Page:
While emotional abuse can be hard to pinpoint, physical abuse is more easily identified. Below are checklists that will help you identify whether or not your relationship is either emotionally or physically abusive.
What is physical abuse?
Physical abuse leaves behind bruises and broken bones, while emotional abuse kills the self esteem of the victim. Physical abuse is a situation where the husband beats the wife for little or no reason. Are you subjected to any of the below signs of physical abuse?
- Pushes, grabs or shoves you,
- Slaps you,
- Punches you,
- Kicks you,
- Chokes you,
- Pinches you,
- Pulls your hair,
- Burns you,
- Bites you,
- Ties you up,
- Forces you to share needles with others,
- Threatens you with a knife, gun or other weapon,
- Uses a knife, gun or other weapon,
- Prevents you from leaving an area/physically restrains you,
- Throws objects,
- Destroys property or your possessions,
- Drives recklessly to frighten you,
- Disregards your needs when you are ill, injured or pregnant,
- Abuses you while you are pregnant,
- Forces you to abort or carry a pregnancy.
If you are in a physically abusive relationship feelings of guilt or fear may prevent you from getting help. But it is important for you to seek help and continue to get help for yourself as long as you need. If you are concerned about the abuse level you are experiencing, please call either 911 or the National Domestic Abuse hotline at 1−800−799−SAFE (7233).
What is emotional abuse?
There is no universally accepted definition of emotional abuse. Like other forms of violence in relationships, emotional abuse is based on power and control. The following are widely recognized as forms of emotional abuse: Your spouse…
- Frequently blames or criticizes you,
- Calls you names,
- Ridicules your beliefs, religion, race class or sexual preference,
- Blames you for “causing” the abuse,
- Ridicules/makes bad remarks about your gender,
- Criticizes or threatens to hurt your family or friends,
- Isolates you from your family and friends,
- Abuses animals,
- Tries to keep you from doing something you wanted to do,
- Is angry if you pay too much attention to someone or something else (children, friends, school, etc.),
- Withholds approval, appreciation or affection,
- Humiliates you,
- Becomes angry if meals or housework are not done to his/her liking,
- Makes contradictory demands,
- Does not include you in important decisions,
- Does not allow you to sleep,
- Repeatedly harasses you about things you did in the past,
- Takes away car keys, money or credit cards,
- Threatens to leave or told you to leave,
- Checks up on you (listens to your phone calls, looks at phone bills, checks the mileage on the car, etc.),
- Tells people you suffer from a mental illness,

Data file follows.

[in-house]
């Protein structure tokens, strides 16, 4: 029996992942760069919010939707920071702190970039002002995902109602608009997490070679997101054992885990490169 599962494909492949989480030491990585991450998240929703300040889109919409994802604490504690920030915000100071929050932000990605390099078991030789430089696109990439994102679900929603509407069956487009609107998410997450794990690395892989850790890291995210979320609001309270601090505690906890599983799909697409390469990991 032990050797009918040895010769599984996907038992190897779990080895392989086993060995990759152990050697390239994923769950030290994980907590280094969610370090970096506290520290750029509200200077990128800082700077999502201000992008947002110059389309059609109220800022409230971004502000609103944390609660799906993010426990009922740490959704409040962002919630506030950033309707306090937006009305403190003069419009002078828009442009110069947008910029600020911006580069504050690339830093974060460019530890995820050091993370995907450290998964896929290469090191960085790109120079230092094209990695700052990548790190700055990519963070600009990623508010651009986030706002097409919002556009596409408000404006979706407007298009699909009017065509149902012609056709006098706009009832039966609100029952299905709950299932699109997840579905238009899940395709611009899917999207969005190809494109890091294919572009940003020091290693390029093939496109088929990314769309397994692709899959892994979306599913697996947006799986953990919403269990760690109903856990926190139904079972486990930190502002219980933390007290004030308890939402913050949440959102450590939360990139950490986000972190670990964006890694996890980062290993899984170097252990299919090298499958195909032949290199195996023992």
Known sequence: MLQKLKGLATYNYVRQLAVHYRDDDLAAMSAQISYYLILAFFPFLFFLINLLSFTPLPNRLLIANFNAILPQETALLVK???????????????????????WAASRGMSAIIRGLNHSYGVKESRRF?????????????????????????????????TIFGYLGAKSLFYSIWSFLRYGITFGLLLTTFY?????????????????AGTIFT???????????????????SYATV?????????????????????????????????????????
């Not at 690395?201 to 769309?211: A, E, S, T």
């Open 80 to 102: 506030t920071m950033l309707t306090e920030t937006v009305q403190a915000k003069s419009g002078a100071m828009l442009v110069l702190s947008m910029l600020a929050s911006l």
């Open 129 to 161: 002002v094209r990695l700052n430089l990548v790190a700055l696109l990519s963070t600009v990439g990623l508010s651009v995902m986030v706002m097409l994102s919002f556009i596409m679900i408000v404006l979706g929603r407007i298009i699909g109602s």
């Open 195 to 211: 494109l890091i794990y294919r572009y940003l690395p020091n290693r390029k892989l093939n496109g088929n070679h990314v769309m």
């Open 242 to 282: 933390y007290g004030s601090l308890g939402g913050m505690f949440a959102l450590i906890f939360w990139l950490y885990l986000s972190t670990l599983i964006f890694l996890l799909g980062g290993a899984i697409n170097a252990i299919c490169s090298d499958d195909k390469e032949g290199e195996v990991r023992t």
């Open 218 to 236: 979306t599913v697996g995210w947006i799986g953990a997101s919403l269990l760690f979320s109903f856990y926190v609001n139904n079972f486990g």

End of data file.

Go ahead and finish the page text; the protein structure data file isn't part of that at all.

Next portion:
- Threatens to commit suicide,
- Interferes with your work or school (provokes a fight in the morning, calls to harass you at work, etc.),
- Minimizes or denies being abusive,
- Abuses your children,
- Uses drugs or alcohol to excuse their behavior,
- Uses phrases like “I’ll show you who the boss is,” or ”I’ll put you in line,”
- Uses loud or intimidating tone of voice,
- Comes home at late hours refusing to give an explanation.
Emotional abuse can have serious physical and psychological consequences for women, including severe depression, anxiety, persistent headaches, back and limb problems, and stomach problems. If you are concerned about the abuse level you are experiencing, please call The National Abuse hotline at 1−800−799−SAFE (7233).
Three stages of an abusive relationship:
Stage One: Tension-Building. Rather than using mutual communication, negotiation, or compromise to solve problems, violent individuals tend to rely on the use of force or coercion to get what they want. Typically, violence occurs after a build-up of tension in the relationship about issues which are not directly discussed or resolved.
During this period, tension mounts, communication decreases, and both partners may feel tense, edgy, and jumpy. Arguments and criticism tend to increase during this period.
Stage Two: Violence after the build-up. Physical violence may erupt over seemingly insignificant issues. Tension seems to be released, and often, the relationship seems to improve.
Stage Three: Seduction. Abusers often apologize, make promises to change, and pay special attention to their partners immediately following a violent incident. This period is sometimes referred to as the “honeymoon period” because of the positive feelings resulting from the release of tension and the hope that things will change for the better. This kind of spontaneous change rarely occurs, however, because the underlying pattern of control and lack of communication and compromise has not changed.
If you recognize your relationship in any of the lists or stages above I urge you to seek help and immediately remove yourself from the relationship. Please turn to a trusted friend, family member or The National Domestic Abuse hotline at 1−800−799−SAFE (7233).